Communication Scholar to Discuss How New Technologies Make Work More Visible | School of Communication Studies | Kent State University

Communication Scholar to Discuss How New Technologies Make Work More Visible

Sept. 17 Lecture Topic: “Visible: Spying, Eavesdropping, and Innovation in the Digital Age"

The Kent State University School of Communication Studies has named communication scholar Paul Leonardi, Ph.D., the L. Leroy Cowperthwaite Communication Lecturer. Professor Leonardi will visit campus Sept. 17-19 to meet one-on-one with undergraduate and graduate students and faculty to review their research agendas; to visit classes to discuss his areas of expertise; and to give a free, public lecture on the university’s campus.

Leonardi (Ph.D., Stanford University) is the Duca Family Professor of Technology Management at the University of California, Santa Barbara. He is the Investment Group of Santa Barbara founding director in the Master of Technology Management Program. He also holds appointments as a faculty research affiliate in the Center for Information Technology and Society and as a faculty affiliate in the Department of Communication.

His public lecture, which is free and open to the public, is scheduled for 5:30 p.m. Sept. 17, in Rm. 226/226A Taylor Hall. It is titled “Visible: Spying, Eavesdropping, and Innovation in the Digital Age.”

Leonardi will discuss how social networking sites are making people’s work increasingly visible. 

“Through the use of communal data repositories, people can see what work their coworkers are doing and through the use of social networking sites, people can see with whom those coworkers communicate,” Leonardi said. “This increasing visibility of work and communication has a variety of effects – both positive and negative – on innovation.”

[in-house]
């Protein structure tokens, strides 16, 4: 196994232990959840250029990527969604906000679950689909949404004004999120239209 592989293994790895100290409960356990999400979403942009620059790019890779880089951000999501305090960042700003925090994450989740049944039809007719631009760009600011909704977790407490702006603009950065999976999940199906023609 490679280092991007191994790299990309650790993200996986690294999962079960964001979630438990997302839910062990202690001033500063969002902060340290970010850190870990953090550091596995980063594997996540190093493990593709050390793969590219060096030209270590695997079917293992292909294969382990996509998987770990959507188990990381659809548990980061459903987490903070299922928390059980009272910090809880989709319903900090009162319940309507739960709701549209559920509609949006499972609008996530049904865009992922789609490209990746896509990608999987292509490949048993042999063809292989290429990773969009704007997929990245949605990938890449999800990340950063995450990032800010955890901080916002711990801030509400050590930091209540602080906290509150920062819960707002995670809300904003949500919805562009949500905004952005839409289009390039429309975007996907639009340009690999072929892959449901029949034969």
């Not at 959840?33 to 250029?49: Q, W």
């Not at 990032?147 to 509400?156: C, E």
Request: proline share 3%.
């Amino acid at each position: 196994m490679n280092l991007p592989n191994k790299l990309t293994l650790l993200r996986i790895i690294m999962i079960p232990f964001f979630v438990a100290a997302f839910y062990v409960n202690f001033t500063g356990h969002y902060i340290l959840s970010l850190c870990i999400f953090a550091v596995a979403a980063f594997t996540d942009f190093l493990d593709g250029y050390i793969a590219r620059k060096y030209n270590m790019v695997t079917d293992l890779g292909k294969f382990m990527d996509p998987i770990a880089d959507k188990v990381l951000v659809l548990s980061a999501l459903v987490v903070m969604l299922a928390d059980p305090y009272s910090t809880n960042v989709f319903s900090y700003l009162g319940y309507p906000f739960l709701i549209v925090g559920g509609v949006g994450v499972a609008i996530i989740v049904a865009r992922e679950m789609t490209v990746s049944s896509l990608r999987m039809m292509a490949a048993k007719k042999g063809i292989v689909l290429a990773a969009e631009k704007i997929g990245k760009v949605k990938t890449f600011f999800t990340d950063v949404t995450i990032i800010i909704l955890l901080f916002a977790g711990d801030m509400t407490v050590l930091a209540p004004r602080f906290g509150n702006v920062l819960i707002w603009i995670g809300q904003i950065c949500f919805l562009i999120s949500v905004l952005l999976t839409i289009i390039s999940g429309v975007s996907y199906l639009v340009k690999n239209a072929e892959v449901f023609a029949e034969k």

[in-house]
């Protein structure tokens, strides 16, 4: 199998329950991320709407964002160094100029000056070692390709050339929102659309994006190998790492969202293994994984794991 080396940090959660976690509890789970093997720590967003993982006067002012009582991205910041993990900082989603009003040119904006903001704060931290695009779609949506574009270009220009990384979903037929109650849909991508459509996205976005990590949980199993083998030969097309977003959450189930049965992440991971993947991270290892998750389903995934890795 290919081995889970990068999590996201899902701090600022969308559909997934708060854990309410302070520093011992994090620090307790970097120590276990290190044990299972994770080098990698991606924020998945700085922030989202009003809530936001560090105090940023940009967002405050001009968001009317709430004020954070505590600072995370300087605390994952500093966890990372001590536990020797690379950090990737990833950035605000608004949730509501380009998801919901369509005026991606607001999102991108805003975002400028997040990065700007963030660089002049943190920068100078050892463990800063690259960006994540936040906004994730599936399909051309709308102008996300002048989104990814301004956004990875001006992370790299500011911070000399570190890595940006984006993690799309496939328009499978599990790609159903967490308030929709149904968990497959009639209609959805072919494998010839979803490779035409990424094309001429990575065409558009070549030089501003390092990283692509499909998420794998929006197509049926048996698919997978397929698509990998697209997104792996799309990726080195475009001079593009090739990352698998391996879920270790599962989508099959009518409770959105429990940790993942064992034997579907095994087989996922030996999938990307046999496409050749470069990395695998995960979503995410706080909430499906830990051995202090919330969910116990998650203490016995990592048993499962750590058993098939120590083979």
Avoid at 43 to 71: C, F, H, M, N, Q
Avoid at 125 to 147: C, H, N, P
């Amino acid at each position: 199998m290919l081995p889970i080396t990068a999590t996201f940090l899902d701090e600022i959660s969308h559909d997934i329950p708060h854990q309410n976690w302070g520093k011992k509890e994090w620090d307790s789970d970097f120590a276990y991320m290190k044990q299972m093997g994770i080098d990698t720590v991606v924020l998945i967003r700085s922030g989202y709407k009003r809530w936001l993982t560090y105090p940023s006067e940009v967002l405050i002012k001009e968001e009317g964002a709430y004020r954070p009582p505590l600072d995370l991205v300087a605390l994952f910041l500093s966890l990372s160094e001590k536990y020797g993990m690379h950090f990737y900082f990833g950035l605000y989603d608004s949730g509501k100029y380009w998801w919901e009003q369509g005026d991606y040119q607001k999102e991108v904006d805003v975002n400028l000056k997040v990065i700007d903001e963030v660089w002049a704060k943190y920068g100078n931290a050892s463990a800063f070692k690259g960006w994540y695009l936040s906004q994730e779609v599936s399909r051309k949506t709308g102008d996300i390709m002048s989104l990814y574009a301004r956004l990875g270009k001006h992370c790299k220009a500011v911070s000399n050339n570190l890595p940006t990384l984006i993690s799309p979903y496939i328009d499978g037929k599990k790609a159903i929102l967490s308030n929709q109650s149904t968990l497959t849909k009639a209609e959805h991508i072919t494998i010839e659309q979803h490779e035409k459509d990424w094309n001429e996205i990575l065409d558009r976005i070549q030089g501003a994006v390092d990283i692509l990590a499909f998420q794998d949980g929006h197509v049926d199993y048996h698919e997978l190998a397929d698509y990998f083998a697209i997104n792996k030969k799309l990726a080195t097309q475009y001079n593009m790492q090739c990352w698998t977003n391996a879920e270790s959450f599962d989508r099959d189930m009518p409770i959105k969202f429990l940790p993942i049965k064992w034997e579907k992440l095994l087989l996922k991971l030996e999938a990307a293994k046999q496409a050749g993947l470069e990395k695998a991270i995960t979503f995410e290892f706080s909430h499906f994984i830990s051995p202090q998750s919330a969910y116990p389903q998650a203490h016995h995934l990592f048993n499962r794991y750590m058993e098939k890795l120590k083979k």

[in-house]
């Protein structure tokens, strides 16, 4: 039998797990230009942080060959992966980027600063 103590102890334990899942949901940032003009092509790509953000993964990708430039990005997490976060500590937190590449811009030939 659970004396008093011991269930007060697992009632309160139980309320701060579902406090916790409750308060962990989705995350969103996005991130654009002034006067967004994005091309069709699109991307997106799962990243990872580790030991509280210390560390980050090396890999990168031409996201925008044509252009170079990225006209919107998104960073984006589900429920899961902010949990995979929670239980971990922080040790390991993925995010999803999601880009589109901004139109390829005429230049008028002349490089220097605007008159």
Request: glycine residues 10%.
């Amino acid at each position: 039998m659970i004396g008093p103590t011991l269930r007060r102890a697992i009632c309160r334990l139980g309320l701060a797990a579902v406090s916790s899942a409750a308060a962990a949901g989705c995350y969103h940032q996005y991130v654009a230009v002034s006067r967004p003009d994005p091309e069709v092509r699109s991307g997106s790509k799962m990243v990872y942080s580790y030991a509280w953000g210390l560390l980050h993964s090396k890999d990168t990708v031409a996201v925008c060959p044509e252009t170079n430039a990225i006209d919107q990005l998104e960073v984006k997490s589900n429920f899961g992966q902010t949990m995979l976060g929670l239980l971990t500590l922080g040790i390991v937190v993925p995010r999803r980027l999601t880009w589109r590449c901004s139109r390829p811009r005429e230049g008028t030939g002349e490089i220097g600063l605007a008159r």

Leonardi’s research focuses on how companies can design their organizational networks and implement new technologies to more effectively create and share knowledge. He is particularly interested in how data intensive technologies, such as simulation and social media tools, enable new ways to access, store, and share information; how the new sources of information these technologies provide can change work routines and communication partners; and how shifts in employees’ work and communication alter the nature of an organization's expertise.

Through a series of studies of automotive engineers, mobile app designers, bankers, and telecommunications professionals, Leonardi built a theory of communication visibility that helps to explain how the increasing social transparency of the workplace is changing organizations and the lives of those who work in them.

He has won awards for his research from the Academy of Management, the American Sociological Association, the Alfred P. Sloan Foundation, the Association for Information Systems, the International Communication Association, the National Communication Association, and the National Science Foundation.

Over the past decade, he has consulted with for-profit and nonprofit organizations about how to manage the human aspects of new technology implementation. His recent engagements have focused on helping companies to improve communication between departments, to use social technologies to enhance internal knowledge sharing, and to strengthen global product development operations.

He is the author of Technology Choices: Why Occupations Differ in Their Embrace of New Technology (MIT Press, 2015); Car Crashes Without Cars: Lessons About Simulation Technology and Organizational Change from Automotive Design (MIT Press, 2012); and the edited volume, Materiality and Organizing: Social Interaction in a Technological World, (Oxford University Press, 2012). 

About L. Leroy Cowperthwaite Communication Lecture Series
Created in 1984 to honor the service of L. LeRoy Cowperthwaite, Ph.D., director of the Kent State University School of Speech from 1954 to 1983, the L. LeRoy Cowperthwaite Communication Lecture Series is an opportunity for graduate students to meet and learn from a renowned communication scholar. The School of Communication Studies invites a scholar to campus to present the Cowperthwaite Lecture and to teach coursework in his/her area of expertise. View the scholars who have visited since 1984.